Developmental trauma disorder is a proposed diagnosis of a mental condition that some psychiatrists have aggressively advocated. The basic idea behind this diagnosis is to replace post-traumatic stress disorder in situations where the symptoms are affecting children. Many doctors favor this disorder classification because post-traumatic stress can have special effects on children and their long-term development. Many experts also feel that different treatment strategies should be used in cases where children suffer these traumas.
The cause of developmental trauma is sometimes related to growing up in some kind of war-torn environment or dealing with extreme poverty. These children may see horrible sights on a daily basis, and they might go weeks or months without things like proper nutrition. Children who experience these kinds of things tend to suffer long-term consequences that may follow them into adulthood.
Sometimes developmental trauma can happen simply because parents put their children through extreme abuse or neglect. Parents might fail to feed their children properly, or they may abuse them for months or years while they are still very young. Even though the circumstances are slightly different in these cases compared to children who grow up in war-torn environments, the results are generally very similar.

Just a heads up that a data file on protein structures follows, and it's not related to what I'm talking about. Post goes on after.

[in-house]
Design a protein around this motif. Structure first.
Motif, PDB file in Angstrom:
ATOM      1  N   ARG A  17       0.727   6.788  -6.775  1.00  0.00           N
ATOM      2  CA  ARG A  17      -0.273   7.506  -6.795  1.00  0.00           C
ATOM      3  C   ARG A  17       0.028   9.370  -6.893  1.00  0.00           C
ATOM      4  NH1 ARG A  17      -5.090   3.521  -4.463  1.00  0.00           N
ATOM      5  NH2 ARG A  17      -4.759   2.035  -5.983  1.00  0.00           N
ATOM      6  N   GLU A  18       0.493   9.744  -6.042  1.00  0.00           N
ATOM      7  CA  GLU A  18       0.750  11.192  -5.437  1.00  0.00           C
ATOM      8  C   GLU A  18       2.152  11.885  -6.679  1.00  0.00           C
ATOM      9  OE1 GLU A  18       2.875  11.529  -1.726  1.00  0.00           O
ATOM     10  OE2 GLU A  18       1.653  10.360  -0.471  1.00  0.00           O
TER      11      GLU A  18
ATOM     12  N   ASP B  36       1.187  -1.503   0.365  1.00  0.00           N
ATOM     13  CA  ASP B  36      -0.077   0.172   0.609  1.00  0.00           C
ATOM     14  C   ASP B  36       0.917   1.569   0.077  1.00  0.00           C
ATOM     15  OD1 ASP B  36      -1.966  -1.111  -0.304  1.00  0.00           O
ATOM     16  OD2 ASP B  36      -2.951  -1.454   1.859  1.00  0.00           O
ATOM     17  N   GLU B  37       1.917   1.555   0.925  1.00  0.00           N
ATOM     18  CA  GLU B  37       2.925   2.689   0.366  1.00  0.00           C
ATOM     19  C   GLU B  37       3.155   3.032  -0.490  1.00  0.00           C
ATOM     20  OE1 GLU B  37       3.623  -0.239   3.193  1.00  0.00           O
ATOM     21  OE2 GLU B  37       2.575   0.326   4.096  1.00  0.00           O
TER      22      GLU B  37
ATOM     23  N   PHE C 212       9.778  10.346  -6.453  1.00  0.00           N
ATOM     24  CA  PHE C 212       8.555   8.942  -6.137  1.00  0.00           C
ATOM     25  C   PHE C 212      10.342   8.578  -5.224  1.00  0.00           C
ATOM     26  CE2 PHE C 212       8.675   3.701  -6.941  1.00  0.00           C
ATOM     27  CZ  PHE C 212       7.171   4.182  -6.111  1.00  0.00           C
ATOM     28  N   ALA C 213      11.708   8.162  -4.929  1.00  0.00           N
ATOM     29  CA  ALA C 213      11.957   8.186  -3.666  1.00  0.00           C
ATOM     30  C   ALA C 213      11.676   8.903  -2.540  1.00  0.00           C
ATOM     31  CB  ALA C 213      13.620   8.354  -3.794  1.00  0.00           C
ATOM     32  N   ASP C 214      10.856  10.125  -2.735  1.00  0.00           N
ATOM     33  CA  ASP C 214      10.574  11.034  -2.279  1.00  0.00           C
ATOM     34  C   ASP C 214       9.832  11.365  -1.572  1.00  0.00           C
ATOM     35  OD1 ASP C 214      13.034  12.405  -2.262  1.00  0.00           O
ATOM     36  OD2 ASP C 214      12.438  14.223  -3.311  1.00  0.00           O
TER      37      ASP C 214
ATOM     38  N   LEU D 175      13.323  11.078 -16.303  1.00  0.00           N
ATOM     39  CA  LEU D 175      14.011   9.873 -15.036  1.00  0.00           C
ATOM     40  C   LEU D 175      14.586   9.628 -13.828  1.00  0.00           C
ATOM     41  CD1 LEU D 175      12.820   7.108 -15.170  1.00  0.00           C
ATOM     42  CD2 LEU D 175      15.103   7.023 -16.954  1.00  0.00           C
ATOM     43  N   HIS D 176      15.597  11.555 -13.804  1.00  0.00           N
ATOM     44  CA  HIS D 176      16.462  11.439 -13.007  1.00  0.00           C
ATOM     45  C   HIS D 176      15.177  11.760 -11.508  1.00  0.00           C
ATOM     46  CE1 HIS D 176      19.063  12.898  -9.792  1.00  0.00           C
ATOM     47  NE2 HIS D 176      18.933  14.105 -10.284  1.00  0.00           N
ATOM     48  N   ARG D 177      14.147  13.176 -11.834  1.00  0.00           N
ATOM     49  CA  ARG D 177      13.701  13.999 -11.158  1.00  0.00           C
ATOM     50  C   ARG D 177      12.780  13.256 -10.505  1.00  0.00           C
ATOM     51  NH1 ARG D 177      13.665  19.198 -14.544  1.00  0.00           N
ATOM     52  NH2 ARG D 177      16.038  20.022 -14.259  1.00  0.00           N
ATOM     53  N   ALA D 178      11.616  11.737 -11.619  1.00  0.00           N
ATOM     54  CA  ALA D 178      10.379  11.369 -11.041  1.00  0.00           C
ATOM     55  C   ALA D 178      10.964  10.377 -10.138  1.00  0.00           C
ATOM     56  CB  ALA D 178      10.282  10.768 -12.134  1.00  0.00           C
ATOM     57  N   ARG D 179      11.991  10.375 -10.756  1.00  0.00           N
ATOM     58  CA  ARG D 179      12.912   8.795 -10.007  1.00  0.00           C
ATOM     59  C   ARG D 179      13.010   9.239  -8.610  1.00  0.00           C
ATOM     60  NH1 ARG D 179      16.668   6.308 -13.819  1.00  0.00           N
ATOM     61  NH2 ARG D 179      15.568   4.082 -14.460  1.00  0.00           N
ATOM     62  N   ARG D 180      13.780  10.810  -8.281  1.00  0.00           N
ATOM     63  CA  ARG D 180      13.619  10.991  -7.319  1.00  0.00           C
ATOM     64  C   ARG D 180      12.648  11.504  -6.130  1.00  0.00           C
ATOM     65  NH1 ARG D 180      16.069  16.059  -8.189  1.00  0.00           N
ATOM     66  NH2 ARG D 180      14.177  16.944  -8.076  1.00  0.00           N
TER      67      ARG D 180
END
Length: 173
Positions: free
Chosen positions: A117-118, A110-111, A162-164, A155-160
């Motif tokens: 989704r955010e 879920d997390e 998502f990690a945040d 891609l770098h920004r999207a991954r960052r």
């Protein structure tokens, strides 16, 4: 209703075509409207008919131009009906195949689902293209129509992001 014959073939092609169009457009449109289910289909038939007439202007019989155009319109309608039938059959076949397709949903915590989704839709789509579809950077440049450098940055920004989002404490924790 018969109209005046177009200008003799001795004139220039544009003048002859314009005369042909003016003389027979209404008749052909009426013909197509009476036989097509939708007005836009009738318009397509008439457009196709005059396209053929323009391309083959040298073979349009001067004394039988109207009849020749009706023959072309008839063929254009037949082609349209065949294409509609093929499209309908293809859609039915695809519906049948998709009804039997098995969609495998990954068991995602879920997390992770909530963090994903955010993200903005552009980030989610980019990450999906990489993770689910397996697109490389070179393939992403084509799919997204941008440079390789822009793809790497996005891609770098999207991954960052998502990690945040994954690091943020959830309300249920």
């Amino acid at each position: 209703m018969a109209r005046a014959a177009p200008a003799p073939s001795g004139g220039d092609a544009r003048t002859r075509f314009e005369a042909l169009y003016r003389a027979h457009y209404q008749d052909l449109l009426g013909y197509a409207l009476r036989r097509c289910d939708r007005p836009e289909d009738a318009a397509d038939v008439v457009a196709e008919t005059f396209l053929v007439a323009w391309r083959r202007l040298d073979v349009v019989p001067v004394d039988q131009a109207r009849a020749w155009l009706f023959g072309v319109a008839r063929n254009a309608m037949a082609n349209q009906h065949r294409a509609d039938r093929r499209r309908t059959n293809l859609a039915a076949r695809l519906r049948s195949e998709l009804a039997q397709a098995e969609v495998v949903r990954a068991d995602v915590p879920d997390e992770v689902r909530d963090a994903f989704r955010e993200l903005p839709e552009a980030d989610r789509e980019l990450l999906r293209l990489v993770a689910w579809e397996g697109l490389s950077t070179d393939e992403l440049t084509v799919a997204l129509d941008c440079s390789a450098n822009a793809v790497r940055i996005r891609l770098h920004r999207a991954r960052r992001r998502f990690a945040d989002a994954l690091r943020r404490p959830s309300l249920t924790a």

The symptoms of developmental trauma are very close to those associated with normal post-traumatic stress disorder. This means the children may have severe anxiety, mood swings, and problems in interpersonal relationships. The difference lies in the way these traumas can change brain development in children. It can be harder to treat the children because they may grow up with actual changes in the physical structure of their brains that make life harder for them.
Many of these children may develop new behavioral disorders as they get older. They generally have a greater chance of exhibiting criminal behaviors or having social problems in school. Doctors originally thought these were mostly emotional effects, but some experts think these may be consequences of brain developmental problems. Many doctors think that some of these problems could be dealt with easier if the medical community was able to anticipate them in advance, and a general diagnosis of developmental trauma could be useful for that purpose.
The treatment of developmental trauma generally varies depending on the symptoms the child is exhibiting. Many of them are given anti-depressants or drugs for attention deficit disorder. These treatment approaches can be useful to some extent, but they aren’t generally able to deal with all the long-term consequences of the children’s traumatic experiences.